Oceanic island museomics: human impact and the natural laboratory paradigm

Trochetiopsis ebenus in Chelsea Physic Garden by Tim Waters licenced by CC BY-NC-ND 2.0

This project will investigate the assumption that islands are ideal model systems for studying evolution, given the scale and breadth of human impact on island habitats.

The studentship is part of the CENTA doctoral training partnership, funded by NERC and starts October 2019.

Apply for this course

Read the eligibility criteria and application guidance below, then apply through the University of Warwick's online application service.

Please submit your CENTA studentship application form as part of the application procedure.

Application deadline: 21 January 2019

Project Highlights

  • Testing the assumptions of the natural laboratory paradigm - the idea that islands are ideal model systems for studying evolution
  • Using archival collections in novel ways to address novel questions
  • Multidisciplinary training integrating a DNA work at University of Warwick with herbarium and field-based research at the Natural History Museum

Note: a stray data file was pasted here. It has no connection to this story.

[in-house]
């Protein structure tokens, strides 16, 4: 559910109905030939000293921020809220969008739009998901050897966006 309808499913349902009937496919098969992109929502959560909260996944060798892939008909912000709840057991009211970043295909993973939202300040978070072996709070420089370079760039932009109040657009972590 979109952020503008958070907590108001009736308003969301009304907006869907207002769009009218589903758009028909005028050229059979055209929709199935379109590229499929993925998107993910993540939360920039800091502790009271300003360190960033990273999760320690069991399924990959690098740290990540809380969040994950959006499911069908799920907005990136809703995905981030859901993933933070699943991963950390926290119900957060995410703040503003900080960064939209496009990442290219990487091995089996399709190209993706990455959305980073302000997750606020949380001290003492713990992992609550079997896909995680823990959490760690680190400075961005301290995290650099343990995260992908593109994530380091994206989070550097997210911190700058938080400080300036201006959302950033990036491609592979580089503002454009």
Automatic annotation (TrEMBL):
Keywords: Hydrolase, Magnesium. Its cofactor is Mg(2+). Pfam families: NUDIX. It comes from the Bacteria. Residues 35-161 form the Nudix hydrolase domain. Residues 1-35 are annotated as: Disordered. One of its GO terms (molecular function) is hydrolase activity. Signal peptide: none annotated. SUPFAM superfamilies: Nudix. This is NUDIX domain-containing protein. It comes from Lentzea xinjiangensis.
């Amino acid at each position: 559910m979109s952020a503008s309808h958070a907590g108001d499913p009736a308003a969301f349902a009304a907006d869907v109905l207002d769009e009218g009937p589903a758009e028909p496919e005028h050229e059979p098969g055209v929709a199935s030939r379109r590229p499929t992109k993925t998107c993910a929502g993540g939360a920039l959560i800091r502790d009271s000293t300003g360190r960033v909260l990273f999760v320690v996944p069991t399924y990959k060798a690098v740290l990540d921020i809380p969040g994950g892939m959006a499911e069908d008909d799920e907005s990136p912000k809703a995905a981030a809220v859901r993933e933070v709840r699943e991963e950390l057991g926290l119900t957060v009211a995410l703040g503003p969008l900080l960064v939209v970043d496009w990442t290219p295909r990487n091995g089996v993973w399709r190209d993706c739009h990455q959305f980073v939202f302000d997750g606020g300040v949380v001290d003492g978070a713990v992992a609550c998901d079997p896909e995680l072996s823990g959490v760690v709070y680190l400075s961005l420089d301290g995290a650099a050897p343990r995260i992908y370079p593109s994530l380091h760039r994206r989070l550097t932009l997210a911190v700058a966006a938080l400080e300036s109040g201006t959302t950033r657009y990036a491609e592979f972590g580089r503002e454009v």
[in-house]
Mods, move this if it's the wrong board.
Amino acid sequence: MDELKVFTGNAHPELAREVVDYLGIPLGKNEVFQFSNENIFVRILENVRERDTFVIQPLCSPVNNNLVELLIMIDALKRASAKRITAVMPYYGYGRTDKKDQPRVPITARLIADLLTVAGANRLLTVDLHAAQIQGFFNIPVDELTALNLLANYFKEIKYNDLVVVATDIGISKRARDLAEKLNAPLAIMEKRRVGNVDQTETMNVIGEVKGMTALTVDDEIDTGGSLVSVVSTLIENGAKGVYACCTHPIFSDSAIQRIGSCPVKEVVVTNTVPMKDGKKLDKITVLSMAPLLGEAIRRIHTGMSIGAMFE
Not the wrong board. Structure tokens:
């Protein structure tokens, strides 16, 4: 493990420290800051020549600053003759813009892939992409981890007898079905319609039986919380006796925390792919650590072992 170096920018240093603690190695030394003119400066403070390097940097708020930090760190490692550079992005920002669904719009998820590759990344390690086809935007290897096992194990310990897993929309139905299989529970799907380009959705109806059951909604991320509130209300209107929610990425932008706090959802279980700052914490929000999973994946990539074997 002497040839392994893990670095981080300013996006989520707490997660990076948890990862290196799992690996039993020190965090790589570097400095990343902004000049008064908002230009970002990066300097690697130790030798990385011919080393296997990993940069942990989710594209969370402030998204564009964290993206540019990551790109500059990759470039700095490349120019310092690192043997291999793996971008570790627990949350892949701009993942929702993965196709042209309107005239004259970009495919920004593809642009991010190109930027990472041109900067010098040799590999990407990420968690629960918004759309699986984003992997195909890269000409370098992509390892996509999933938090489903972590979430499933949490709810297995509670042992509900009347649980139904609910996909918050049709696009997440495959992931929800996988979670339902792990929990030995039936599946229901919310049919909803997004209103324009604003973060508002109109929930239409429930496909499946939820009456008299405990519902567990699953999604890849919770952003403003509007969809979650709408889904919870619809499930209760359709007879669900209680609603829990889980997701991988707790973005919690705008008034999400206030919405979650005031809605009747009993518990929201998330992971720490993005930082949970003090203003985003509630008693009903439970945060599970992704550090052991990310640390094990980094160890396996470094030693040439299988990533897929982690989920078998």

Overview

Oceanic islands have long been recognised as ‘natural laboratories’, ideally suited for in-situ studies of evolution. They provide some of the most striking, text book examples of adaptive radiations and have played - and continue to play - a major role in the development of key concepts in biology.

At the same time, their biota, that are so rich in unique diversity, are also among the most globally endangered. In the Azores, for example, it is estimated that less than 10% of the native forest at the time of colonisation in 1439 survives. Whilst in the Canaries and in Easter island, palaeoecological data points to pre-historic, human-mediated extinction of dominant tree species.

More recent records of extinction - backed by specimens in museums and herbaria - are known from many oceanic islands worldwide.